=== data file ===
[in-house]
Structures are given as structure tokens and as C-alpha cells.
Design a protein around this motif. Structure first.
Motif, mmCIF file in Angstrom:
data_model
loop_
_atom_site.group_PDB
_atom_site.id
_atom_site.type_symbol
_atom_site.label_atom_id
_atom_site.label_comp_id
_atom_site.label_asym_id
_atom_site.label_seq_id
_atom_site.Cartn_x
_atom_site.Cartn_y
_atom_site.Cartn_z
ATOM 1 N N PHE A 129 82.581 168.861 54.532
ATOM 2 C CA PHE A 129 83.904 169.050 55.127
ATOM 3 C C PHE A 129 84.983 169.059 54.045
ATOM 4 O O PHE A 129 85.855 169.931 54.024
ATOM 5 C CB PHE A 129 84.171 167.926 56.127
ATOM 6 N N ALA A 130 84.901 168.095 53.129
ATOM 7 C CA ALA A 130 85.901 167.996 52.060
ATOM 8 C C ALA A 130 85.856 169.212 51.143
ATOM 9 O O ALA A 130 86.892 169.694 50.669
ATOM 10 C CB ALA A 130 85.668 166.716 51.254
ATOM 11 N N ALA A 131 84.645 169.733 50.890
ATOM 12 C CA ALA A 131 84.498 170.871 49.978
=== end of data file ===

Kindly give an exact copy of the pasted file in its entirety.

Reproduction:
[in-house]
Structures are given as structure tokens and as C-alpha cells.
Design a protein around this motif. Structure first.
Motif, mmCIF file in Angstrom:
data_model
loop_
_atom_site.group_PDB
_atom_site.id
_atom_site.type_symbol
_atom_site.label_atom_id
_atom_site.label_comp_id
_atom_site.label_asym_id
_atom_site.label_seq_id
_atom_site.Cartn_x
_atom_site.Cartn_y
_atom_site.Cartn_z
ATOM 1 N N PHE A 129 82.581 168.861 54.532
ATOM 2 C CA PHE A 129 83.904 169.050 55.127
ATOM 3 C C PHE A 129 84.983 169.059 54.045
ATOM 4 O O PHE A 129 85.855 169.931 54.024
ATOM 5 C CB PHE A 129 84.171 167.926 56.127
ATOM 6 N N ALA A 130 84.901 168.095 53.129
ATOM 7 C CA ALA A 130 85.901 167.996 52.060
ATOM 8 C C ALA A 130 85.856 169.212 51.143
ATOM 9 O O ALA A 130 86.892 169.694 50.669
ATOM 10 C CB ALA A 130 85.668 166.716 51.254
ATOM 11 N N ALA A 131 84.645 169.733 50.890
ATOM 12 C CA ALA A 131 84.498 170.871 49.978